Chicago: Despite skyrocketing murders, judges keep choosing electronic monitoring over jail for violent-crime suspects


CHICAGO, IL – Judges in the Windy City have increasingly placed criminal defendants into an electronic-monitoring program instead of jail, and police blame the surge in gun shootings on the violent offenders participating in it.

Police Supt. David Brown said many of those being set free on electronic monitoring are responsible for the steep rise in killings this year in Chicago, according to Chicago Sun Times:

“My hope is that the deaths of these young people will not be in vain and will prick the hearts of the decision-makers who release violent offenders on electronic monitoring back into these very communities to mete out this kind of violence every weekend.”

Brown made the comment after a bloody Independence Day weekend during which two children, ages 7 and 14, were killed.

On Aug. 9, 43 people facing murder charges were enrolled in Cook County’s electronic-monitoring program, a 40 percent increase from the same day last year. In addition, 160 people charged with robbery and 1,000 people charged with illegal gun possession were also enrolled as of Aug. 9, the Chicago Sun-Times reported.

The Chicago Police Department has cited the increase in program participants who would otherwise be granted high bail or remanded to police custody for the spike in gun shootings.

Although none of the three men charged in the shooting death of 7-year-old Natalia Wallace over the holiday weekend was ordered into the monitoring program, the police department gave the newspaper several examples of defendants charged with violent crimes who committed more offenses while subject to electronic monitoring.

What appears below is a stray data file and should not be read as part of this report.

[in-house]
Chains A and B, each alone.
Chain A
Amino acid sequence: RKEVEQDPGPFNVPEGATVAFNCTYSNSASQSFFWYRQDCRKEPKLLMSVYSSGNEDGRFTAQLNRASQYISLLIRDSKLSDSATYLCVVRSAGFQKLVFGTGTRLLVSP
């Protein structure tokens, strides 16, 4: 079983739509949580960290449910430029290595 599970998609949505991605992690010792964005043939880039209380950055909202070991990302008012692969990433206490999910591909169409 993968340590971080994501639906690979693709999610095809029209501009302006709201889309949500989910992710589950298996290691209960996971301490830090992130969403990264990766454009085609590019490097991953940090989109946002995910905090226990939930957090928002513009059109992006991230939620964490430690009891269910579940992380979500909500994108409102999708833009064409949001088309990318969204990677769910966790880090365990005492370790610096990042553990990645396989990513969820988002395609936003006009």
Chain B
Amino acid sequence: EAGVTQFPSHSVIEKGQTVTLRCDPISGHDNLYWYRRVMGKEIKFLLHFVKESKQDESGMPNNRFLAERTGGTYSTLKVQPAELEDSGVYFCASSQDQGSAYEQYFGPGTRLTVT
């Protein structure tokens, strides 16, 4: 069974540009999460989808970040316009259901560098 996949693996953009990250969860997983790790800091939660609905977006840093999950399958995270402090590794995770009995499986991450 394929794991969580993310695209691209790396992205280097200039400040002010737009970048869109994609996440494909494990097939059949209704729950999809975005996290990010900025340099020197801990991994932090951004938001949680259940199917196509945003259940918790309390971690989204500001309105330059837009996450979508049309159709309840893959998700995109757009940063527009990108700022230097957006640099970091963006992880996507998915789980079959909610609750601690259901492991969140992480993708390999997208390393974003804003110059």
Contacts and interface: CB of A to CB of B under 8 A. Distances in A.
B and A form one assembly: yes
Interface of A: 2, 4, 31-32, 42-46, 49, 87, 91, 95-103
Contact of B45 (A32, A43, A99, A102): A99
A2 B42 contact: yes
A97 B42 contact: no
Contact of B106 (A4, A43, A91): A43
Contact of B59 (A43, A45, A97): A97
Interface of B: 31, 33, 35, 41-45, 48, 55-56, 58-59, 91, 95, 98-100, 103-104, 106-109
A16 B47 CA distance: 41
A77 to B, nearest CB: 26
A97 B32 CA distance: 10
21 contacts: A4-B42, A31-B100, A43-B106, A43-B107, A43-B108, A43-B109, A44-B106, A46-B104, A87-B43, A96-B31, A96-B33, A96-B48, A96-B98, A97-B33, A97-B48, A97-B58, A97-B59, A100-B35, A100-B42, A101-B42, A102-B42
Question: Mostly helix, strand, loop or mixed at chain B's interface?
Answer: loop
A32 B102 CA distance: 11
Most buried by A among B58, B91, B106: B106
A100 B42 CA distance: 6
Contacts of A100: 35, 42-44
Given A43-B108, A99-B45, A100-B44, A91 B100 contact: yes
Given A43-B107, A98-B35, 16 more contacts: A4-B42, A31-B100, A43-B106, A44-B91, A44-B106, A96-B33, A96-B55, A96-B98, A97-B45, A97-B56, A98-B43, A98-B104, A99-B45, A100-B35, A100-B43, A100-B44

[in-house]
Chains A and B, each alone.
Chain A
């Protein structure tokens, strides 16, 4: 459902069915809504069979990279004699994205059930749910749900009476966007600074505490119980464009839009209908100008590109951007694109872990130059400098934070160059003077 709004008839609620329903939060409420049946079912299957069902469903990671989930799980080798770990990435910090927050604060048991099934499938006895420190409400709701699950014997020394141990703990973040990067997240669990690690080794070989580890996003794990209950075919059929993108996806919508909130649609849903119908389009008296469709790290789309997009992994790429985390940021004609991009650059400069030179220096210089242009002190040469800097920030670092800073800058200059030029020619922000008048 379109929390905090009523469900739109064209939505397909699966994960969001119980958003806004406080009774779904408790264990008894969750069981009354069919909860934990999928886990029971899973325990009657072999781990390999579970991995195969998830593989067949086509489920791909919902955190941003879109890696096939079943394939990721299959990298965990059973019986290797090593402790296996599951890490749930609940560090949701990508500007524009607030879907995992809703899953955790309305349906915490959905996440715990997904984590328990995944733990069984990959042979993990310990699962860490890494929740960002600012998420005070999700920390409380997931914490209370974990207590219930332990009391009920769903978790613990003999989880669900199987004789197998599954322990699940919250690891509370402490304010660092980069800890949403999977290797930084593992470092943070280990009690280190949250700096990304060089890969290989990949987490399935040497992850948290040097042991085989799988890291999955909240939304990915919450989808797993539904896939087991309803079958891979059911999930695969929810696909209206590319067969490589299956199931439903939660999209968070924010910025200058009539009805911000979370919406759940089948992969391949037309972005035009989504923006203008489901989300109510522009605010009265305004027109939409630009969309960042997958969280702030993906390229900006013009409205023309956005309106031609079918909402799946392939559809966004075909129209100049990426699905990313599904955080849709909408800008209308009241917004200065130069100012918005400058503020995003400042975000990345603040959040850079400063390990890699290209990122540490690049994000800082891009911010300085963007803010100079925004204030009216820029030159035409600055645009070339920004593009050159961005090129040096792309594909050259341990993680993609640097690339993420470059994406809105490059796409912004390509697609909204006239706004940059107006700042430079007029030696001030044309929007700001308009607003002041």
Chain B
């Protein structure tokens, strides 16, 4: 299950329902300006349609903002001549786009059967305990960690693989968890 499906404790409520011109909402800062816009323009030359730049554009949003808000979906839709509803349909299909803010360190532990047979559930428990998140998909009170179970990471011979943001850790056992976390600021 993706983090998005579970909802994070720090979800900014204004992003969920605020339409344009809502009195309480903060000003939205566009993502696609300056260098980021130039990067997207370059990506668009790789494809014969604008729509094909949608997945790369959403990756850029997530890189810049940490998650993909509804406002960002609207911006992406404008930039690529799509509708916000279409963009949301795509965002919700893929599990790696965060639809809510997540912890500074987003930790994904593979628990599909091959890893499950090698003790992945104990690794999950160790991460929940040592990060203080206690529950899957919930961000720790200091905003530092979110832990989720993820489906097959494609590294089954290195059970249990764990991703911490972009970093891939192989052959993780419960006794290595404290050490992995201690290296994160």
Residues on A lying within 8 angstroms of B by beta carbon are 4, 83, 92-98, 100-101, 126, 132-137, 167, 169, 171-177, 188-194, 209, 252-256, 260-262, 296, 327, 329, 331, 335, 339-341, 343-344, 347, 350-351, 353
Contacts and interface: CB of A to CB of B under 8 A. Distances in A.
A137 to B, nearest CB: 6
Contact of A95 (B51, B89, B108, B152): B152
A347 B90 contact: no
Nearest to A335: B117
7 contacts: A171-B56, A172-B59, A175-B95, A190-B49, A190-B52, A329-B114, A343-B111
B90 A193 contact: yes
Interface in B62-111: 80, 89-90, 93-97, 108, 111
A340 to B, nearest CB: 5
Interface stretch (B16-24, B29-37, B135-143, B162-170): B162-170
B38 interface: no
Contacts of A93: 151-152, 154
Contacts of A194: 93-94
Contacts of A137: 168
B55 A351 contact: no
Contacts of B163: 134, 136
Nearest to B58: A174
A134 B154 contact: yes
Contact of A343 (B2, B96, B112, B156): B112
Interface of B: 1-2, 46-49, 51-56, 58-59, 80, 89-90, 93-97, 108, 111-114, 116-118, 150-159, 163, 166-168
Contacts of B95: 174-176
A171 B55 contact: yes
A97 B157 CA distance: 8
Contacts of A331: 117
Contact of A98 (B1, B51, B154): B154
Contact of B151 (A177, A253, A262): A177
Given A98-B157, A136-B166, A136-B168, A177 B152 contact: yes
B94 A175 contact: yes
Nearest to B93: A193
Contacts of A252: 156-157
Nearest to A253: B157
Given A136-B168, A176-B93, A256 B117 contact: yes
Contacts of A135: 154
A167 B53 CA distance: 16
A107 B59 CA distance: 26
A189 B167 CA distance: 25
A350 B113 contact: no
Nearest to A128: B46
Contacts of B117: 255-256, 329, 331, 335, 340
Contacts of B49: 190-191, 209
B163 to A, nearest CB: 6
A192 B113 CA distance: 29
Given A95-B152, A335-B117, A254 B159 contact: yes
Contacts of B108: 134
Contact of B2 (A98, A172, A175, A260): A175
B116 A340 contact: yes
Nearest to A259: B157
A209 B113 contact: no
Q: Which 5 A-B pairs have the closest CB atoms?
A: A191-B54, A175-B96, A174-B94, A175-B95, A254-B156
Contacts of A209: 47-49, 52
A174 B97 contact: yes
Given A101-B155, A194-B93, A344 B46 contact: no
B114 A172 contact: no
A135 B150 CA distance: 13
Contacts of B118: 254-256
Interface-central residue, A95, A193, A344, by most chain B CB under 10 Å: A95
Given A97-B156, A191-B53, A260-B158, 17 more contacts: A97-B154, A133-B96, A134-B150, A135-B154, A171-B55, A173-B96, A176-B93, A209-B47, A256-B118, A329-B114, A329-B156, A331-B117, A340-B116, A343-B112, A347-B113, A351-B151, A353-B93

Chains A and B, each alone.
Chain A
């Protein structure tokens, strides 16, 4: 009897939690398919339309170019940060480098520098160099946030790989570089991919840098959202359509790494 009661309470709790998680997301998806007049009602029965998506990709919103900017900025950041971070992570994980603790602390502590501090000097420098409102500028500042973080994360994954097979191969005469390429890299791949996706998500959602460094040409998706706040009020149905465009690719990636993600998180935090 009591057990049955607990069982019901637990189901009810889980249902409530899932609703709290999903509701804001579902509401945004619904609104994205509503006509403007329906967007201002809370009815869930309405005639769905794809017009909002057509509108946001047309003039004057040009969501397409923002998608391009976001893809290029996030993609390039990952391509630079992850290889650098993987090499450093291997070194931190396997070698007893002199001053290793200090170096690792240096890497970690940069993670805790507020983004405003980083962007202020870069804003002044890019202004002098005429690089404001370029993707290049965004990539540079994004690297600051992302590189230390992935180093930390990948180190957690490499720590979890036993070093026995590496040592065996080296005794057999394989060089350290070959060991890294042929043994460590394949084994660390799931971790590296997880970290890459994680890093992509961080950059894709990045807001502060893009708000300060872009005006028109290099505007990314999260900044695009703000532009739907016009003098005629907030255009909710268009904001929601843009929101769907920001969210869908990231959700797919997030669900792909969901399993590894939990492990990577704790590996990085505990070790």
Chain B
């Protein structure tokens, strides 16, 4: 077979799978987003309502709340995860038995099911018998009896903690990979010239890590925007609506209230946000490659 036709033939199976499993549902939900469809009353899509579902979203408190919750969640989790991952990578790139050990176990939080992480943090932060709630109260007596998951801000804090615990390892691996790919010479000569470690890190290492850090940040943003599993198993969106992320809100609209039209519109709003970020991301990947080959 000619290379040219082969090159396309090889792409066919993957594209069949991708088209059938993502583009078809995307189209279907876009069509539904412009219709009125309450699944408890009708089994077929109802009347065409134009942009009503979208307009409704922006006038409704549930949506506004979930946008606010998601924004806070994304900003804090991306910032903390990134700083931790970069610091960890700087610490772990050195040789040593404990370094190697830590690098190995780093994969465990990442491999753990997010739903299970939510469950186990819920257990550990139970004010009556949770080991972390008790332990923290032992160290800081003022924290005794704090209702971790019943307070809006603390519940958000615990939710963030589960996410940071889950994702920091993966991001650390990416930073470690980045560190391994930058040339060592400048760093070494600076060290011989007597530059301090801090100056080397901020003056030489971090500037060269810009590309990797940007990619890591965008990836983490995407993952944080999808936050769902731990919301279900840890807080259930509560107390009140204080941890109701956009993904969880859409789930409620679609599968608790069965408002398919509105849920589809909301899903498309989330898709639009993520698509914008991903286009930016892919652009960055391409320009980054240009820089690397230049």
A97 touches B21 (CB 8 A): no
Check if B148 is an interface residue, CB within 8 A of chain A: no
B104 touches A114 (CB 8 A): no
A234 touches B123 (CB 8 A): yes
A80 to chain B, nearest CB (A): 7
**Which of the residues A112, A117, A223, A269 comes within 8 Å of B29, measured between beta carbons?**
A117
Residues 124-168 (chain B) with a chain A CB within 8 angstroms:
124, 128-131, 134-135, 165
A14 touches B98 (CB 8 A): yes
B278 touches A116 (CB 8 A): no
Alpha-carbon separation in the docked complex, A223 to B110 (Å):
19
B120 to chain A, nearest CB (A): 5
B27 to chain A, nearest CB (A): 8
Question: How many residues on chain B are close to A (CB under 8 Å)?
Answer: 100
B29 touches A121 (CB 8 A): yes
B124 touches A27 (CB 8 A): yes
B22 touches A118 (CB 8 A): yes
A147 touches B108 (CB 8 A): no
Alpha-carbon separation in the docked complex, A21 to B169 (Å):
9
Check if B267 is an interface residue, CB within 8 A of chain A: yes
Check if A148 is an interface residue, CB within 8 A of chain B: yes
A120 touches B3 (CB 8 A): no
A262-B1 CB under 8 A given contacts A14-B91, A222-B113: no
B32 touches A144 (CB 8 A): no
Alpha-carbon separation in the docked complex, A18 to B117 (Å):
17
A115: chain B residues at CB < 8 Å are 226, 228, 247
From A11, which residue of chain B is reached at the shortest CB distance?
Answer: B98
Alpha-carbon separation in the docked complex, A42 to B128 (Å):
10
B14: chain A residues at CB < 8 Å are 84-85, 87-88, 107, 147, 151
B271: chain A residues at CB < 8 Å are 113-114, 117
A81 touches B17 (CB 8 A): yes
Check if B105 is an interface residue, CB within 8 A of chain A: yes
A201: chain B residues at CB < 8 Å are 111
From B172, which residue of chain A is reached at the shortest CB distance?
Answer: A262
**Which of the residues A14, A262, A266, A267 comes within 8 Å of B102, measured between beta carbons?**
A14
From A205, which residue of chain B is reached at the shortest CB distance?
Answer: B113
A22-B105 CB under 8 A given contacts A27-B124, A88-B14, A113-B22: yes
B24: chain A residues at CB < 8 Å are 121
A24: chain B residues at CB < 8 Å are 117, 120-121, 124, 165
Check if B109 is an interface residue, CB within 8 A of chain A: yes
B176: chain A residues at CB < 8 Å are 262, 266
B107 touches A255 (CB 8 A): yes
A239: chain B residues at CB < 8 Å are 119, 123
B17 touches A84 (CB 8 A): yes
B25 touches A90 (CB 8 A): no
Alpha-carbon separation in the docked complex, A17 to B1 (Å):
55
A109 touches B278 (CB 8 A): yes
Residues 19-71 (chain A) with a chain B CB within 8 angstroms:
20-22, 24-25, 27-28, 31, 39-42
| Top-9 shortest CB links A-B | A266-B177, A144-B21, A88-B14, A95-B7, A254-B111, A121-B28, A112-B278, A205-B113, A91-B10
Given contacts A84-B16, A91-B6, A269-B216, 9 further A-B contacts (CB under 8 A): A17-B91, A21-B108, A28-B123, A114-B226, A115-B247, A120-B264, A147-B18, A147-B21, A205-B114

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One is Chrishawn Thomas, 18, accused of robbing a female driver in March at gunpoint. Police say he was granted $500 bail and placed on electronic monitoring, but weeks later, the Cook County Sheriff’s Office received an “unauthorized leave” alert related to Thomas.

Hours later, he allegedly shot an off-duty Chicago police officer during an attempted robbery. The officer returned fire and hit Thomas in the legs. Thomas was arrested and is now being held without bail.

People typically placed on electronic monitoring are usually required to stay home with exceptions typically made for school or work.

Chicago Sun-Times reported that the Chicago Police Department has blamed Cook County judges’ skyrocketing use of electronic monitoring as contributing to the city’s 50 percent rise in killings this year.

However, Cook County State Attorney Kim Foxx has denied claims that the people free on bail are responsible for Chicago’s increase in violent crime.

Foxx said one statistic shows that most of the 1,800 arrests for illegal gun possession in the first half of the year only had only 26 repeat offenders, the newspaper reported.

The violence could be attributed to a decrease in traffic stops and arrests by police due to Covid-19. Brown said:

“The shock waves throughout this department, throughout the country, were significant as it relates to, ‘What is COVID? Will I take this back to my family?’ And so there was a drop-off in police interactions with people, No. 1.”

Correctional facilities throughout the country have similarly reduced their inmate populations in an effort to prevent infections.

Brown noted at a press conference on June 29 that electronic monitoring and low bond amounts endanger everyone: